Recycling program rises from the rubble in South Sudan

Global Business

The civil war dividing this nation has left environmental protection at the side of the road. Most South Sudanese don’t have a regular waste disposal service.

Discarded plastic containers are everywhere and Abdallah Michael Charles has had enough.

“We are likely to expand to most of the states and even the whole of South Sudan so that we see that the environment, the community is actually safe from pollution from these plastics here, our water sources are safe,” Charles, Environmental Protection Program Manager said.

CGTN’s Patrick Oyet reports.

The non-government organization, Environmental Protection Program remains the country’s leader on protecting the environment and combating plastic pollution. The French government and the European Union have provided them with plastic crashing machines so that it can be exported to neighboring countries for recycling.

“In a day, we crash roughly one ton of plastics. That’s 1000 kilograms of materials and if it’s plastic bottles, like 1.5 milliliters or the 300 milliners, we even crush over that because they are very light and the crushing becomes easy, more than one ton a day,” said Joseph Lagu, Environmental Protection Program production line employee.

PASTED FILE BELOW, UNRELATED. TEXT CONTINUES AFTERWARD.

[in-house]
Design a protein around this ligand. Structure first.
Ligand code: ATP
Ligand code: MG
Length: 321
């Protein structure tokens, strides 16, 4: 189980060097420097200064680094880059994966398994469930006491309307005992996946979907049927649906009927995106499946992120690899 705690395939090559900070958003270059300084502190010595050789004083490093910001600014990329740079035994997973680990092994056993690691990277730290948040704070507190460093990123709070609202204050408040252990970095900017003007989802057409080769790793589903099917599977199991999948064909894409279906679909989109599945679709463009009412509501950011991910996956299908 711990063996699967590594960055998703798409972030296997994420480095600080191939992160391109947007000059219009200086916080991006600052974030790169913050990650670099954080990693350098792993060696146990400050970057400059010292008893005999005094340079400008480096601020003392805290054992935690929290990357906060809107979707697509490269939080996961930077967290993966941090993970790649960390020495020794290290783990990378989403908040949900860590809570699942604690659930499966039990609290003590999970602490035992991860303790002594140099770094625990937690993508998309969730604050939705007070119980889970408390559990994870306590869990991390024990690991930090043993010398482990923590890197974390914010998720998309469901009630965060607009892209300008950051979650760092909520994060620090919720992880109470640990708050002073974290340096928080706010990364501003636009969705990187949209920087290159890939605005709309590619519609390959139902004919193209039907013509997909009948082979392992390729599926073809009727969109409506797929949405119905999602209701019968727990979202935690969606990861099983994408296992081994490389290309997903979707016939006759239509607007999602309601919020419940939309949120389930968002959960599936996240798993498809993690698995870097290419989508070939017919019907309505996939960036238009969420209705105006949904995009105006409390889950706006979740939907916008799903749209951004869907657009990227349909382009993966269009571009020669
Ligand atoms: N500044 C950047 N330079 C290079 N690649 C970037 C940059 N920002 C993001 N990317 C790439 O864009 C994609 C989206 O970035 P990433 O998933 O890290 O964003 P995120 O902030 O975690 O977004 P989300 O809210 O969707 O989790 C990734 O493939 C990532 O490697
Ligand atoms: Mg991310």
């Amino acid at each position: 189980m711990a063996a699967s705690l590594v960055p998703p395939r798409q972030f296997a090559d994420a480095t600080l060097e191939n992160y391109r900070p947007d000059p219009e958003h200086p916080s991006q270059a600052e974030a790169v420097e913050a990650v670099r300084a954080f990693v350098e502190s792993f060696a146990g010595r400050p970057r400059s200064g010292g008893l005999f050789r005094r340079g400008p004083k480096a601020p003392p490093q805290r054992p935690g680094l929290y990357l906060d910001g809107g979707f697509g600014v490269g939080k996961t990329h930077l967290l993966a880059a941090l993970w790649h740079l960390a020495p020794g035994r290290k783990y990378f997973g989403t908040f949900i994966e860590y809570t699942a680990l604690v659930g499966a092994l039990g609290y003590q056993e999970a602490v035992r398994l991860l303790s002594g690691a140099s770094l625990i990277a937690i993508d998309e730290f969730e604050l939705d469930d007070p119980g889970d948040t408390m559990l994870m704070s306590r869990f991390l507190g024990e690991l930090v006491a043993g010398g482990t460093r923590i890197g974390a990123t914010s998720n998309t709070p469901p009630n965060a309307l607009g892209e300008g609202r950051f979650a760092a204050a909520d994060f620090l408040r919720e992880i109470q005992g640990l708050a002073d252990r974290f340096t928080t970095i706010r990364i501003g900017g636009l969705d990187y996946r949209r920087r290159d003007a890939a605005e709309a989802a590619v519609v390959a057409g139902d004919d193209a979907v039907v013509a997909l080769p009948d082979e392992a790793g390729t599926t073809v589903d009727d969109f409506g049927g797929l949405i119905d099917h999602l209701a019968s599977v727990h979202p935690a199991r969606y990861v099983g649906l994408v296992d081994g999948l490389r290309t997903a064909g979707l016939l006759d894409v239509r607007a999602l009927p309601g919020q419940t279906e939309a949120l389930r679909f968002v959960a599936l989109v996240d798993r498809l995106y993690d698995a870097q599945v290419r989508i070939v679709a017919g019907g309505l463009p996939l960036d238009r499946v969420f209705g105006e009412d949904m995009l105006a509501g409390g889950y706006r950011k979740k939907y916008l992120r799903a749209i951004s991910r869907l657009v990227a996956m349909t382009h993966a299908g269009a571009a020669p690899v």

This machine can’t handle plastic bags. They remain a potent problem throughout the country.

Environmental experts said recycling of plastics is just a small part of the solution to environmental pollution. They urge the South Sudanese government to come up with laws to put a total ban on manufacture, importation, and use of plastic bags and limit use of plastics in general.

In 2013, the Environmental Protection Program recycling plant began operating in Juba. The EPR plant has created much-needed job opportunities for locals who can collect and sell discarded plastics.

“When we collect these plastics, we sell and get some money and buy foodstuff from the market. These days, things are even very expensive. The money is small, but still we use some of the money we get from selling the plastics for paying our children to school,” said Rejoice Lada, plastics seller.

Any profit made by the EPR plant goes to covering operation costs like buying fuel for generators and paying the staff at the factory.

The Environmental Protection Program says it now wants to improve environmental awareness, though funding and support are threatened by the fragile security situation.